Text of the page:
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An initial apology late on Thursday on Calleary’s Twitter account received almost 2,000 replies within two hours, many from people angry that they could not attend funerals because of the rules or had to cancel holidays or weddings.
The Irish Times quoted a person who stayed at the hotel and did not wish to be named as saying that he saw no evidence of social distancing when the attendees arrived, that they were not wearing masks, and that they shook hands with one another.
Ireland’s police said it was investigating the event for alleged breaches of public health regulations.
Hogan, Ireland’s representative on the EU’s executive for the last six years, said in a statement that he attended the dinner on the clear understanding that the hotel had been assured the arrangements in place would comply with guidelines.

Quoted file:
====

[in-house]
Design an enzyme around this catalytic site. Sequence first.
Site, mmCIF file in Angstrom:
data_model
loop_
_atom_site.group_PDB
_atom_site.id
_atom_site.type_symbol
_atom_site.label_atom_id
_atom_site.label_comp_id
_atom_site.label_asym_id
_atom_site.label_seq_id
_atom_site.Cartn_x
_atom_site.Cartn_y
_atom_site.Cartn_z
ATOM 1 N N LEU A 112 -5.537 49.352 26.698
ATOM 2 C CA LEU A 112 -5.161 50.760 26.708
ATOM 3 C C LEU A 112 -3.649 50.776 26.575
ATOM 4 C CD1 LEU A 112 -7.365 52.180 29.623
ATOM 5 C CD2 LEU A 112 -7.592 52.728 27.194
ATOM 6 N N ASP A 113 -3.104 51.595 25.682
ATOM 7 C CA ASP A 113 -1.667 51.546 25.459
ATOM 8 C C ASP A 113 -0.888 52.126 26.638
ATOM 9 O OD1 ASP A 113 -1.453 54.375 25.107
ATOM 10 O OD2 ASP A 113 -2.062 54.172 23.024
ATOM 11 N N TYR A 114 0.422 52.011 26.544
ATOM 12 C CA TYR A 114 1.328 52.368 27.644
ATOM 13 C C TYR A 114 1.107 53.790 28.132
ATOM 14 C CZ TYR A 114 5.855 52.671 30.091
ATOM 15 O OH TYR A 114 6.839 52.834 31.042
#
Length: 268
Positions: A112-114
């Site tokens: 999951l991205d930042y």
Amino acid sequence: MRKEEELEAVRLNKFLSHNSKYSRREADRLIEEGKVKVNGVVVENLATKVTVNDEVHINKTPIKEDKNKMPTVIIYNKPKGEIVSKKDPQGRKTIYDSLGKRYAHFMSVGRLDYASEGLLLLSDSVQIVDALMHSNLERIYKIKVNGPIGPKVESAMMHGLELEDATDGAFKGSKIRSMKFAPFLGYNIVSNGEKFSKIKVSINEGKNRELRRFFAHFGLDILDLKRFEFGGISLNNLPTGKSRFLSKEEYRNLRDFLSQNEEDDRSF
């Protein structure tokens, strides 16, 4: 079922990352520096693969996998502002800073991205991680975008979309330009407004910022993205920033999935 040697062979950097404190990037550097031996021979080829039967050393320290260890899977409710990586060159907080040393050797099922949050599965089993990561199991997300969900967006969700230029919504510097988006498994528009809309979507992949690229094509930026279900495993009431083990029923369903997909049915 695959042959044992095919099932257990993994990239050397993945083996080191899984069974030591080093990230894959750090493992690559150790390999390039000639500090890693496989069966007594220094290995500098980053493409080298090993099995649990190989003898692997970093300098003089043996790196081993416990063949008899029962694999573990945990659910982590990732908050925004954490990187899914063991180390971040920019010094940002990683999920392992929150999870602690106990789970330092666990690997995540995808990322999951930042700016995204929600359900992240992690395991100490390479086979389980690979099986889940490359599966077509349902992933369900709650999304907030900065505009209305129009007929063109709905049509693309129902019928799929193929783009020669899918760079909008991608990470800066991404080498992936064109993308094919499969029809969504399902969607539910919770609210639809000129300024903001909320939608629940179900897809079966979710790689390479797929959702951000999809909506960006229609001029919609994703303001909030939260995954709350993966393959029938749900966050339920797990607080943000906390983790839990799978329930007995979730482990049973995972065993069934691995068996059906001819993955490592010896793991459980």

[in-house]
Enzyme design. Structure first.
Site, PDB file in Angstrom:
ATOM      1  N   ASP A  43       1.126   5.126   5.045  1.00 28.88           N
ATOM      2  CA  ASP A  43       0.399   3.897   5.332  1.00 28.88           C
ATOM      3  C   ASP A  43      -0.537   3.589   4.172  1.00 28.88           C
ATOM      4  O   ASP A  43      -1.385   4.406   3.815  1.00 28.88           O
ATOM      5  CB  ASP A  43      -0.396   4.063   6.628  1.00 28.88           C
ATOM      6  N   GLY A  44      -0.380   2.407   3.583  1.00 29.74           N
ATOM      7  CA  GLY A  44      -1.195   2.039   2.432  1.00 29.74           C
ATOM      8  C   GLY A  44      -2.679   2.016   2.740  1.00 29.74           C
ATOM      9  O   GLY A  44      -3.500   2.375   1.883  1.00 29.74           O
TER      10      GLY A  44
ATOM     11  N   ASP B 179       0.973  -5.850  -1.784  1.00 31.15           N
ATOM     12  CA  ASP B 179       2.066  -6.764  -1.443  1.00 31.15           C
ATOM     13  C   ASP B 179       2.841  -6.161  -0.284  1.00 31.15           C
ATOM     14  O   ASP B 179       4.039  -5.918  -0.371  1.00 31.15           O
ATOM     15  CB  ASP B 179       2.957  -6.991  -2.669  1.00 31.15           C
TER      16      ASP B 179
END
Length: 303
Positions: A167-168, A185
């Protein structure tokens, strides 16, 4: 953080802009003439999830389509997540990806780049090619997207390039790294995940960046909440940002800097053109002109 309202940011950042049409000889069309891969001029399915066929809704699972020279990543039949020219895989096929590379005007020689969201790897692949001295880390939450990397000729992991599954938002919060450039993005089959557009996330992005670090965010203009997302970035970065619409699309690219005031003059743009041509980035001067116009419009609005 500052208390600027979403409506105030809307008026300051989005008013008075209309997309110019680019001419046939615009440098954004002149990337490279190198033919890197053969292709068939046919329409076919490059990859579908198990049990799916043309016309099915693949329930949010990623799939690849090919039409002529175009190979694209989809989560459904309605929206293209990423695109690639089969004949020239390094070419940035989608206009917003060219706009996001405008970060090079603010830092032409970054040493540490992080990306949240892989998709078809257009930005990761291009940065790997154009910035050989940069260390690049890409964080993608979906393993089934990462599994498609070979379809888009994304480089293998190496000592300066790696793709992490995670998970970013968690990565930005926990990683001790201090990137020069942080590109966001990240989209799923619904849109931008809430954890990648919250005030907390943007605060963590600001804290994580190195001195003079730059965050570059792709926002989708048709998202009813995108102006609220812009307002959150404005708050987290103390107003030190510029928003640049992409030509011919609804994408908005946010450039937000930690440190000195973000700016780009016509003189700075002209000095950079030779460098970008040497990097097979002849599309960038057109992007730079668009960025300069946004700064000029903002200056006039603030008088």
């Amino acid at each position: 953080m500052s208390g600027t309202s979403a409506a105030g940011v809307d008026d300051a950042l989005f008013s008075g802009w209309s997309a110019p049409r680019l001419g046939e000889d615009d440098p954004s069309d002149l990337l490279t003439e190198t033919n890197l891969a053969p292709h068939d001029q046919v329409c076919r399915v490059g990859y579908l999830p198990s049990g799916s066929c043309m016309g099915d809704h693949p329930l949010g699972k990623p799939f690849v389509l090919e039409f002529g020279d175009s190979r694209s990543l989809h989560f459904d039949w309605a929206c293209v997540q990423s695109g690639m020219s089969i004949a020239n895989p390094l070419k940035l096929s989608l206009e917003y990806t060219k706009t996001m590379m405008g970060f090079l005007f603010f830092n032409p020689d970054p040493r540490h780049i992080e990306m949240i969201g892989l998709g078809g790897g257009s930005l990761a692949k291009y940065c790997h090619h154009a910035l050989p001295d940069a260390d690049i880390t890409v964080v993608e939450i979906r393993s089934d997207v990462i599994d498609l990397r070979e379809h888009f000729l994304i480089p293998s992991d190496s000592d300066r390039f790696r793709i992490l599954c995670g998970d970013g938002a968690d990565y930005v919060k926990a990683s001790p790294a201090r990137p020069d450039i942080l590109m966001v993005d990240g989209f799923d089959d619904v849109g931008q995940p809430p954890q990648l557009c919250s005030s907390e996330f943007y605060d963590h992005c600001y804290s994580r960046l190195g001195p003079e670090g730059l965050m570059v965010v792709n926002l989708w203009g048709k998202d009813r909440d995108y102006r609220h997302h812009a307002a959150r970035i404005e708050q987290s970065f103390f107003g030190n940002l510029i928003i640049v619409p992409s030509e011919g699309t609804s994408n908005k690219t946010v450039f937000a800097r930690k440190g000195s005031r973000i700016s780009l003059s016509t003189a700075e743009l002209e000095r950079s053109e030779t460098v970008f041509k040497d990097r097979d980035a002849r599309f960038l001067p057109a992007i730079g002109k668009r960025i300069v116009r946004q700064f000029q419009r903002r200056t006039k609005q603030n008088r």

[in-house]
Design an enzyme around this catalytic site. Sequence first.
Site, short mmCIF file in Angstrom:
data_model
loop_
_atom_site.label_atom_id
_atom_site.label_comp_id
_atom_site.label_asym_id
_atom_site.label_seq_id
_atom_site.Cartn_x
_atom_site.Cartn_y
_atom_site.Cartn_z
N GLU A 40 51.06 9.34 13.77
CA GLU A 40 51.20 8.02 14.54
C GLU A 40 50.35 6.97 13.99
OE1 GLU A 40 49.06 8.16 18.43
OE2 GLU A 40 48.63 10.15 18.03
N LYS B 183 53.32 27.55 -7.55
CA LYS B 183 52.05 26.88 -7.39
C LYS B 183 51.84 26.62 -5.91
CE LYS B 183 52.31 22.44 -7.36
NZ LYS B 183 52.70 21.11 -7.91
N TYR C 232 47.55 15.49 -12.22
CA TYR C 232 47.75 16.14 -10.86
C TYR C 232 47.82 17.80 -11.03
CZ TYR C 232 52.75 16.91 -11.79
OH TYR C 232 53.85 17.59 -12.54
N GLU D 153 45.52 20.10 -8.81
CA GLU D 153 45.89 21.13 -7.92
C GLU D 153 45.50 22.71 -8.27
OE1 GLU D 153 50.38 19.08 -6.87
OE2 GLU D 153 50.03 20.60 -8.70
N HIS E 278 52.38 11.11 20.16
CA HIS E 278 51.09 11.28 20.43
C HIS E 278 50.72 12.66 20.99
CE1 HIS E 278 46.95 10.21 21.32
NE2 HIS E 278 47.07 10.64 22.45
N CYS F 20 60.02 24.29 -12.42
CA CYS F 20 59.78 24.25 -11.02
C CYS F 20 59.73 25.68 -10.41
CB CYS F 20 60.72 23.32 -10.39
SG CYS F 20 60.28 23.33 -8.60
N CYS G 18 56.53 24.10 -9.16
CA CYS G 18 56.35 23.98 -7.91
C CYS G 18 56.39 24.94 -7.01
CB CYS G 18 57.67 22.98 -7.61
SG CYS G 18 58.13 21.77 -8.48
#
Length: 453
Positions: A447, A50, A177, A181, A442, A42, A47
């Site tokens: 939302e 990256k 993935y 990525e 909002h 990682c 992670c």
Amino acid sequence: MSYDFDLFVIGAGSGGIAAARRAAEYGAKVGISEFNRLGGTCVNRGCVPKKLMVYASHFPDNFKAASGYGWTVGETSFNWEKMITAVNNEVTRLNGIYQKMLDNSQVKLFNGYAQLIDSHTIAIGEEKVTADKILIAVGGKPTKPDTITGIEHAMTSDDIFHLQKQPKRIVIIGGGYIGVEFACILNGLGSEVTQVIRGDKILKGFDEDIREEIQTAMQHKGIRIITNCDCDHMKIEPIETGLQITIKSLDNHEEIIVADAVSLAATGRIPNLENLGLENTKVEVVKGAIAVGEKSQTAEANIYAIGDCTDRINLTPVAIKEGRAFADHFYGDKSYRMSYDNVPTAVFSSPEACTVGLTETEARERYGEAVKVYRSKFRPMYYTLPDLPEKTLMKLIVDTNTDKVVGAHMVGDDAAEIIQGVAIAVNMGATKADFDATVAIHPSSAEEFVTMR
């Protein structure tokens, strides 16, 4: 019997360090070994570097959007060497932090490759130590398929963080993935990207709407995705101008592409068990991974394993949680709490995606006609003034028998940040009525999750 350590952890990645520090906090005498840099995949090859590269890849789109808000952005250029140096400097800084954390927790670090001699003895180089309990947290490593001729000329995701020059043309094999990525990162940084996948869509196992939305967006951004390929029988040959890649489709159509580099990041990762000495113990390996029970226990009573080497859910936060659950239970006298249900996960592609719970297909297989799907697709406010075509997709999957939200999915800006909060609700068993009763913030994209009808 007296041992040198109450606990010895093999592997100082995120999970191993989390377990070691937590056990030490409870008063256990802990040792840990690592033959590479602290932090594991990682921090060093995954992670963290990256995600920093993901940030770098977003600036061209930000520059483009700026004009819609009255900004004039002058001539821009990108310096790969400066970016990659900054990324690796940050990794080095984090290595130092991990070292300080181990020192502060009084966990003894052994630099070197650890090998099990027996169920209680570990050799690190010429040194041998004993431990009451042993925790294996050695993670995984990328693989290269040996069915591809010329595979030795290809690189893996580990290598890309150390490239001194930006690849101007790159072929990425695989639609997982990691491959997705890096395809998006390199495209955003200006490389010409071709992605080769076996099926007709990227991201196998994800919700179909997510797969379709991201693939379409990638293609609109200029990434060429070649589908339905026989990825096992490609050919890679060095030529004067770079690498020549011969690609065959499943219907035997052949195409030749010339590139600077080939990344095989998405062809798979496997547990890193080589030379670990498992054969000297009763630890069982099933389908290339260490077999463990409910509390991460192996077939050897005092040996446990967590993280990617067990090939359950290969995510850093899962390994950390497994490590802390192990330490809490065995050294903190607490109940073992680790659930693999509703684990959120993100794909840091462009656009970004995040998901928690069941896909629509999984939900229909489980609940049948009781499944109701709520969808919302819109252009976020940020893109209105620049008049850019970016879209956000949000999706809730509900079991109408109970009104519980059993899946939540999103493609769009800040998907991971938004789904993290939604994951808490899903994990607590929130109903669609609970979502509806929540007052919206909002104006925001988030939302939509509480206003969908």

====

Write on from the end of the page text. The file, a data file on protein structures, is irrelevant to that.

He added that he had complied fully with travel restrictions to self-isolate for 14 days, having been in Ireland since late July.
A senior member of the main Irish opposition party, Sinn Fein, said Hogan should resign over his attendance.
The deputy leader of Ireland’s upper house of parliament, a member of Fine Gael, one of three governing parties along with Martin’s Fianna Fail, also stood down.
Calleary was named agriculture minister last month when his predecessor was fired after news emerged of a drink-driving prosecution just two weeks into the term of Martin’s new coalition government. (Reporting by Padraic Halpin; Additional reporting by Francesco Guarascio in Brussels; Editing by Mark Heinrich and Toby Chopra)